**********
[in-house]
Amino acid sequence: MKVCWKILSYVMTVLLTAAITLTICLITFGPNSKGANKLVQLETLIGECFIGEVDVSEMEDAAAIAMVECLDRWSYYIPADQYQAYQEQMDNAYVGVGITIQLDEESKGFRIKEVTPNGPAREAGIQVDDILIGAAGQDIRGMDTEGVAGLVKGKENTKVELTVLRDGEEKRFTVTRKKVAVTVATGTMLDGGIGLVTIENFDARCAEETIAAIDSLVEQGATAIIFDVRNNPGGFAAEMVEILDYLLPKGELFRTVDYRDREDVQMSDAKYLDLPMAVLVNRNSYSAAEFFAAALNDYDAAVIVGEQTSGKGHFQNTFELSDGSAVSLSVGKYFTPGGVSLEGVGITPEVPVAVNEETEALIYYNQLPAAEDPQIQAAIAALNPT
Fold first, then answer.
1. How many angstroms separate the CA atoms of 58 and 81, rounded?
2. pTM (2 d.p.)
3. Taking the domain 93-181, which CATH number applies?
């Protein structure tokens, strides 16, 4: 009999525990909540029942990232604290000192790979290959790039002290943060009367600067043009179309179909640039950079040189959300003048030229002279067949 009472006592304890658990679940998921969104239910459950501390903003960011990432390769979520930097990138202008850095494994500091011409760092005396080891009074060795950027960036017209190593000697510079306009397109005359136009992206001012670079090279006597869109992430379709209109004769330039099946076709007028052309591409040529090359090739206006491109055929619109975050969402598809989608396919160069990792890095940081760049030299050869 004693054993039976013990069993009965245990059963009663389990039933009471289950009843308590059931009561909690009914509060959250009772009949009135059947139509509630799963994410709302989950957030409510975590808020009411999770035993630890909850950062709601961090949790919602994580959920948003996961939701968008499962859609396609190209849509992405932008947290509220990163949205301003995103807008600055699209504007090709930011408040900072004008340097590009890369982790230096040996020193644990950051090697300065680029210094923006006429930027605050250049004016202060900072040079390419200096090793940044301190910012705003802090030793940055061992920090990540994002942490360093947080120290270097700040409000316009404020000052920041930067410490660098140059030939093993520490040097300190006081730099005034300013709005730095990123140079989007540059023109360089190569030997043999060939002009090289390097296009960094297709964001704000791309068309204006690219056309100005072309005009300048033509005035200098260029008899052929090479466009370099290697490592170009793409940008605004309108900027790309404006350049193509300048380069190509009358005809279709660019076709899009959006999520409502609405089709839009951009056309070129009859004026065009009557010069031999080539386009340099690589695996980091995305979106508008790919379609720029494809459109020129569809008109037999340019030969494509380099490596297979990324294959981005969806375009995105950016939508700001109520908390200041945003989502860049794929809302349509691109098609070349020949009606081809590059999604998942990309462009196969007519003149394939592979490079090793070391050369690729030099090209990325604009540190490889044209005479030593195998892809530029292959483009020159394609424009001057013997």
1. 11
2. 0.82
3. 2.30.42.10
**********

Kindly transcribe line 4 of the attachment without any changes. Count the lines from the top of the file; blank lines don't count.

1. How many angstroms separate the CA atoms of 58 and 81, rounded?